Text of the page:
It's hard not to be extra gentle with a baby girl. Why? They all have the same makeup despite the normal variances. Long babies and babies with slightly smaller earlobes or something. They're squishy, don't have kneecaps, are guileless. I did double-takes at first but now I like how with dad home, he wipes her face free of food with more force; he isn't as ginger when putting on her shoes; he tosses her higher and makes her laugh for longer.

Last year I sat around a table of really educated women and found myself describing what a feminist is. I was being stupidly redundant for everyone probably. But it reminded me of when my brother and I were in high school and we were talking about guys and girls and dating ... and we sifted out how a feminist isn't an obnoxiously opinionated woman who doesn't care about men; a feminist is any person who believes in equal rights for all the little boys and girls. If that person also happens to be loud or shy or obnoxious or Emma Watson, it doesn't diminish or elevate the principle beyond what it just plainly is. It's not a personality trait but a belief.

And it has nothing to do with changing the rules so my T-Rex arms are in charge of restraining prisoners or missed career opportunities because I chose to have a kid.

Bro and I thought it interesting how it can be souring when women give their opinions, sometimes loudly, or are anything other than accommodating. Why can a clear voice make us inappropriate, or being submissive make us more attractive? Further, why does a man have to be extra tough or love sports? And why does the choice not to be the breadwinner tend to imply that person's mind, needs and wants are second-rate?

There's something to be said for simply growing up to be the best version of you, a sensitive leader or confident wallflower, maybe appreciating athletes instead of being one, unoffended by turns of phrase, being as little of a wuss as you can be, unabashedly wearing pink or a hoodie or clear high heels.

I was lucky to be with the women around that city patio table, women who've put their sometimes higher-earning jobs on hold indefinitely; women who're raising kids on their own; women who'd do anything for their husbands and vice versa. There are some who aren't fans of military spouses, tossing around the stereotype dependapotamus and taking all the fun out of it, because who doesn't enjoy a good Netflix marathon huh? But have they eaten the food they cook, attended the parties they plan, used the services they provide, enjoyed the free country they help protect on the homefront?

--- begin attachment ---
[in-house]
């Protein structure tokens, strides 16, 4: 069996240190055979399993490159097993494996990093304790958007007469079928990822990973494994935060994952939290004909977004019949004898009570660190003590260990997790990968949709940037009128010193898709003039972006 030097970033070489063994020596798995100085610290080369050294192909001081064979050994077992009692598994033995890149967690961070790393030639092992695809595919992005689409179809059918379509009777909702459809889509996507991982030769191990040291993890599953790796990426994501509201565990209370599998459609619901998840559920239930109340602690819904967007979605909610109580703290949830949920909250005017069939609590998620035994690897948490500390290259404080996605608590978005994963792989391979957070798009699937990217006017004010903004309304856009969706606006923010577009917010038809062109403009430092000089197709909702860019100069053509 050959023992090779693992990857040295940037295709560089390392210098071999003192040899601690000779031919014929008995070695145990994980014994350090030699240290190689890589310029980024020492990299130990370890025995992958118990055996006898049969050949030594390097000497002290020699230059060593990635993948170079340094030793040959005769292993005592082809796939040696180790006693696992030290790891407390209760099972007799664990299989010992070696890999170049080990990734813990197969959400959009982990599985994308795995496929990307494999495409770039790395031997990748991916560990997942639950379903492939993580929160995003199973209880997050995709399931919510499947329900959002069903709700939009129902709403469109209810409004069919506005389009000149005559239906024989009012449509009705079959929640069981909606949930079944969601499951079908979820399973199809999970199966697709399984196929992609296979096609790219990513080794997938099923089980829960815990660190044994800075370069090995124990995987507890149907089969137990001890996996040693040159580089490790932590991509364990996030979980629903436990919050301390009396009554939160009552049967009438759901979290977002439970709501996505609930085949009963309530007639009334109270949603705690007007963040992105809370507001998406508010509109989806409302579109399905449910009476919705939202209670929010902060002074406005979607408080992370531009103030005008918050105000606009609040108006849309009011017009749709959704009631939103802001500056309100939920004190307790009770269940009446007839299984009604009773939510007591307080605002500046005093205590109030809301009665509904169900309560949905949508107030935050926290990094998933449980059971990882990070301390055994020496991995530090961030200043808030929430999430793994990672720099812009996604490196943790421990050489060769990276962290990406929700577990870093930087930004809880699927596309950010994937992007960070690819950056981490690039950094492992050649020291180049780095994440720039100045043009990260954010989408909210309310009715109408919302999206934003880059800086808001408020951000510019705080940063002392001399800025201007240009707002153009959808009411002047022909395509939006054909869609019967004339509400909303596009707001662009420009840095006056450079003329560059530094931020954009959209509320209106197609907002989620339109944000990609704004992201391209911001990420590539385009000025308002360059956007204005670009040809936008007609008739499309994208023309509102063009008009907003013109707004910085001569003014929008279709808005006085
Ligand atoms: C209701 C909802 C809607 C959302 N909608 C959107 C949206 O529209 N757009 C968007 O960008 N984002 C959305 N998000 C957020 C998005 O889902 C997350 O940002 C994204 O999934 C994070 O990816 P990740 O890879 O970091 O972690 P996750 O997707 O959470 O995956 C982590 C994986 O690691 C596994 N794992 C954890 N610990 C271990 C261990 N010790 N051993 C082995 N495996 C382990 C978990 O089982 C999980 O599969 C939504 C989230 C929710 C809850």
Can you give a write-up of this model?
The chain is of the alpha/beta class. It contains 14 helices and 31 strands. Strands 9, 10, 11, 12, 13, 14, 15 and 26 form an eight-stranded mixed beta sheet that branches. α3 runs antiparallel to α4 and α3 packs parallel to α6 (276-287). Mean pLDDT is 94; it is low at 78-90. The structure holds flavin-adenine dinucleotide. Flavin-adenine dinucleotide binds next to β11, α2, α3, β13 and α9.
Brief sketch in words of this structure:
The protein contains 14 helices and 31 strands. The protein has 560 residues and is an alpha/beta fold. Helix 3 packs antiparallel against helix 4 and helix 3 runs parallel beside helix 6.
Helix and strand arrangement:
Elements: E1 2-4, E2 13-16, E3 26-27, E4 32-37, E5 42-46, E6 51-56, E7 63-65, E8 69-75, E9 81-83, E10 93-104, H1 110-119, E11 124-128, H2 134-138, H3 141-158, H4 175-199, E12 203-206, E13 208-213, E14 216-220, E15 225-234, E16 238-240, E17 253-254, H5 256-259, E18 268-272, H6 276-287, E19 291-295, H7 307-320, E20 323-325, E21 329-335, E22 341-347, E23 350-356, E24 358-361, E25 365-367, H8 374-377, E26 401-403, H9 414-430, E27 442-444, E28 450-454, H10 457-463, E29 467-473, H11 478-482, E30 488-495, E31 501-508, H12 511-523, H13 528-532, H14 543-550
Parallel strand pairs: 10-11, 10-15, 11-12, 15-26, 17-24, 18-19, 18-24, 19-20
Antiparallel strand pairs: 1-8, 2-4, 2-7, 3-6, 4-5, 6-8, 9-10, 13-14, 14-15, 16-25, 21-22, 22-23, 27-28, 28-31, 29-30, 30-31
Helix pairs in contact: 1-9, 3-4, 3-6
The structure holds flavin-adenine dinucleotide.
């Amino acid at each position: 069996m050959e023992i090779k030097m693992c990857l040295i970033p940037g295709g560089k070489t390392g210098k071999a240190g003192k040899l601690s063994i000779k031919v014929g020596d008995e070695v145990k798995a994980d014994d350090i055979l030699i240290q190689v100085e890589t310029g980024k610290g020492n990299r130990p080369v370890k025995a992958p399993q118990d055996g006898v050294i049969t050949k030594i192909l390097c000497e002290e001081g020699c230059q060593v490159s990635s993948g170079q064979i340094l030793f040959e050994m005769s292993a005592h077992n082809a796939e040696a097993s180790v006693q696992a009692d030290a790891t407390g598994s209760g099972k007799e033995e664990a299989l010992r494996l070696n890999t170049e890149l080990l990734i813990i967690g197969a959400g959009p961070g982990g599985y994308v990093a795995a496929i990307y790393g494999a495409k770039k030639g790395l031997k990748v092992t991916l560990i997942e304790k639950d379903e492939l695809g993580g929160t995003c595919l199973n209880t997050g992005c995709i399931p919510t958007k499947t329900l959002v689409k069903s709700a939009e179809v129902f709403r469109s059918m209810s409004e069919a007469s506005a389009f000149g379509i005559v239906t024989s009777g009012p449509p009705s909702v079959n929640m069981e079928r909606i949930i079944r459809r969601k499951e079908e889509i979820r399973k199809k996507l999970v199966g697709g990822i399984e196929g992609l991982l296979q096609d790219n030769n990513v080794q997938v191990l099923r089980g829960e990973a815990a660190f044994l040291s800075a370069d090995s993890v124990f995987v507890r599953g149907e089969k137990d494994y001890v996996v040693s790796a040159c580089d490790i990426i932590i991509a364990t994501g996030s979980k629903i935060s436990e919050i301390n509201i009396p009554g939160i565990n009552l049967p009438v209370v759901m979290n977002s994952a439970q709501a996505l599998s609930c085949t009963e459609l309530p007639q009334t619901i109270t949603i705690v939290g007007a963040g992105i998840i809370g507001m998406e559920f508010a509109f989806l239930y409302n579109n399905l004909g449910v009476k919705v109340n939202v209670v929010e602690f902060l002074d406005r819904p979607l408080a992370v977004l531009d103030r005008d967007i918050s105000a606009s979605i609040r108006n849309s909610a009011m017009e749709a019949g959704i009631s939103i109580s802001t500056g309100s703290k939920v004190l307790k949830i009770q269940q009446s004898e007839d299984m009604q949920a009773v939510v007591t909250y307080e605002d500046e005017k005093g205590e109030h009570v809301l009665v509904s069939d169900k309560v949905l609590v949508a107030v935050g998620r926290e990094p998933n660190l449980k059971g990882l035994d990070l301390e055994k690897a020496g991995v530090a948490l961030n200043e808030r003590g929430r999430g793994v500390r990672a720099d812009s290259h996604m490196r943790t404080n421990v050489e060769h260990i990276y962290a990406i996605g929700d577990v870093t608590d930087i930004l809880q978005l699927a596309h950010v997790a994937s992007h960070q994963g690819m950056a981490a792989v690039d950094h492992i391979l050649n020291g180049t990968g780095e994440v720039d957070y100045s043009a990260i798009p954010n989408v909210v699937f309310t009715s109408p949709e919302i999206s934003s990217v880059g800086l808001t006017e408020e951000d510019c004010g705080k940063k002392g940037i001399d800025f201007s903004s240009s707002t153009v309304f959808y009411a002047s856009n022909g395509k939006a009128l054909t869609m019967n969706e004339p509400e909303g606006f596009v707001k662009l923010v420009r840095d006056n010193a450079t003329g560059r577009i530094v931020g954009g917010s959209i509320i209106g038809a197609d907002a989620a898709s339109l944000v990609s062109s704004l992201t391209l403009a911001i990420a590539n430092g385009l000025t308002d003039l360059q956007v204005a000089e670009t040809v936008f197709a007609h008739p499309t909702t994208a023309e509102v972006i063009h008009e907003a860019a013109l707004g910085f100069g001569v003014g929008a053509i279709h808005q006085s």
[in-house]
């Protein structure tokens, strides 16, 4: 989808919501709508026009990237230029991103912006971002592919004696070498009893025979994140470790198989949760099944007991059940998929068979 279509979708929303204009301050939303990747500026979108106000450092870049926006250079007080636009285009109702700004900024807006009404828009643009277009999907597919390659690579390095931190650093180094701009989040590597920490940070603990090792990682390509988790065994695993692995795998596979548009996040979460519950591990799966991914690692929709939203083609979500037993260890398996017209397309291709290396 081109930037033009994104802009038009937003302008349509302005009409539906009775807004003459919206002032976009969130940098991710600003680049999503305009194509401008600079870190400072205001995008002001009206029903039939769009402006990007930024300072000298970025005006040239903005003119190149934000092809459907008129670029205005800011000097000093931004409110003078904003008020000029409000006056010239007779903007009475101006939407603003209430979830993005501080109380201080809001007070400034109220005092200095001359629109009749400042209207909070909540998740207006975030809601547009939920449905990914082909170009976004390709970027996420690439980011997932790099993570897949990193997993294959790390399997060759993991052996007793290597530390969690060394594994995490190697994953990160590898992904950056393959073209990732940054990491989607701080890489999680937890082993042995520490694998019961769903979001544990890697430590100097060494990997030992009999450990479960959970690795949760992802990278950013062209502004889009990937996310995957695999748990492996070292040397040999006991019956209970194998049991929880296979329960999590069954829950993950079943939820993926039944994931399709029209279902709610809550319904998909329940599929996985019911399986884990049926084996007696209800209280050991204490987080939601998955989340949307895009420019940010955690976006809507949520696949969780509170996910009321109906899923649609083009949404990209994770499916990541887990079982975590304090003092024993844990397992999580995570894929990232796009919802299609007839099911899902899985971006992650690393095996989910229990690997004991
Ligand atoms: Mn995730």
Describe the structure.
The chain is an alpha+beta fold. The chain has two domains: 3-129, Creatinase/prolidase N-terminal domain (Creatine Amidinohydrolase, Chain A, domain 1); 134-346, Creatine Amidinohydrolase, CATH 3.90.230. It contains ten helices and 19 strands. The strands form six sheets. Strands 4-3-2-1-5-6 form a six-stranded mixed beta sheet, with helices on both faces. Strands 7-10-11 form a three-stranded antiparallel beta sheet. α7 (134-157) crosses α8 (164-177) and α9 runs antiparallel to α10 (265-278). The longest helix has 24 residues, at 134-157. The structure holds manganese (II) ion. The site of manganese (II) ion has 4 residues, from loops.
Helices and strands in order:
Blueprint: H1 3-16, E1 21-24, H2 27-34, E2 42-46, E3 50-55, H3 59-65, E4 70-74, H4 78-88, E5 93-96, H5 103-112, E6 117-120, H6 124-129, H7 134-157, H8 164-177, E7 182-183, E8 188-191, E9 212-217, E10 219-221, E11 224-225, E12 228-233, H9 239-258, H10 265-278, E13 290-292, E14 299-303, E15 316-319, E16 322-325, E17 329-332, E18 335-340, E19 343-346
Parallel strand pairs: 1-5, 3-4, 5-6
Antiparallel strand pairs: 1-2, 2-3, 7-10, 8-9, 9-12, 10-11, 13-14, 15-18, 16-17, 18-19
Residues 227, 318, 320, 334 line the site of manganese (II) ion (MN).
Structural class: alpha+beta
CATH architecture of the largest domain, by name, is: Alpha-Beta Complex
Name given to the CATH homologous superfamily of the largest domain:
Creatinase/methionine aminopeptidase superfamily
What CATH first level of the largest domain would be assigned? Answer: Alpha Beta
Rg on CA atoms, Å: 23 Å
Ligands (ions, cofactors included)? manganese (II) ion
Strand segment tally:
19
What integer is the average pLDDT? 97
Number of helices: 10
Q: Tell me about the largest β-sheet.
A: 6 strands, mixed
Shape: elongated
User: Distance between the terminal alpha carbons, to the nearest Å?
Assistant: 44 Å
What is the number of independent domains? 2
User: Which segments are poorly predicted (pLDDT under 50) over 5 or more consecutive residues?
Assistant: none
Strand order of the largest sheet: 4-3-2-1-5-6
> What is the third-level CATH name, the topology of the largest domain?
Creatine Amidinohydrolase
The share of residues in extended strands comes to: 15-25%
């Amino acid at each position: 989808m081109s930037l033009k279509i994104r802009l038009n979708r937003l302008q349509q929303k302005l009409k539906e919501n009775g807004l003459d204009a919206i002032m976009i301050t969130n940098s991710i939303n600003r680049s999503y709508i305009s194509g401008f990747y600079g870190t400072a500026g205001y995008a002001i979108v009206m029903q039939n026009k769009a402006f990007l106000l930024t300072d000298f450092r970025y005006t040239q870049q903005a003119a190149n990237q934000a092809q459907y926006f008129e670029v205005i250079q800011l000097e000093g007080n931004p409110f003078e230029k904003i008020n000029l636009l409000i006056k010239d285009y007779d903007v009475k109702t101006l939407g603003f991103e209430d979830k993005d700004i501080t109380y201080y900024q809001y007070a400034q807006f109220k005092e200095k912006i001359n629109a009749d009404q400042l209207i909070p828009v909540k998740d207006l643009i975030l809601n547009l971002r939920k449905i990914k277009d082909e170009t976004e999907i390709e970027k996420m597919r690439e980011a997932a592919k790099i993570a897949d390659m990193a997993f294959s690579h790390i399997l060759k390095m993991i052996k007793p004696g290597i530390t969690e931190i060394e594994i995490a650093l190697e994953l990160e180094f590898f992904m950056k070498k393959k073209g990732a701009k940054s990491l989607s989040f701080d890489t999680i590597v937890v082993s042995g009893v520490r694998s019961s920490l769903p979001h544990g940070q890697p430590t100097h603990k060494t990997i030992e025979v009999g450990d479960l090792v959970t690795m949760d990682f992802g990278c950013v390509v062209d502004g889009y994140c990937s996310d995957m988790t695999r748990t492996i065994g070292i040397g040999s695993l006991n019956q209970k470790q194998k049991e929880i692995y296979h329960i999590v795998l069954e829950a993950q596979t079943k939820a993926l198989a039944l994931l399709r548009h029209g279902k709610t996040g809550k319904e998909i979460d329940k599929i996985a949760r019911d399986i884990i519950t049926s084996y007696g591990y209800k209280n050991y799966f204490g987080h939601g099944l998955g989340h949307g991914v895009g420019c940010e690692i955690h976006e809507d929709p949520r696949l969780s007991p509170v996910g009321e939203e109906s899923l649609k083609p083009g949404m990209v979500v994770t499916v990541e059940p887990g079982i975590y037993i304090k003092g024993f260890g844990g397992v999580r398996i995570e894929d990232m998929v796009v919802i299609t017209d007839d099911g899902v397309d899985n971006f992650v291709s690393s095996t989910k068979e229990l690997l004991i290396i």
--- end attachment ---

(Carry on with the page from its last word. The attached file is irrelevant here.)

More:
Got a lot of questions here. At least I think this much is true:

Skateboarder Chelsea Castro
Do I want to be the one to investigate things that go bump in the night? Not really. Do I want to be the one to coddle my baby child a little more? Sure! Do Cary and I both eep at cockroaches? Absolutely. Mainly, I want to live in a world, and raise my daughter in a world, where you can be exactly yourself, whoever that may be, and achieve whatever you work hard enough for, and be respected solely because you're a good person.

As returning home comes into view along with high desert life – dry heat, clear cool Lake Tahoe, Burning Man, Area 51, snow-covered sand, the real-life Simpsons house, the Vegas sign graveyard, this really cool thing – I wonder what new progress will flow after our post-holiday move back to 'Merica. Like with the first female Rangers, the new Star Wars star Rey, getting to know more female pilots I can admire as well as new friends and coworkers I can look up to and connect with as peers. The future should be limitless for us all.

"Girl or boy we fight our battles, but the gods let us choose our weapons." – Game of Thrones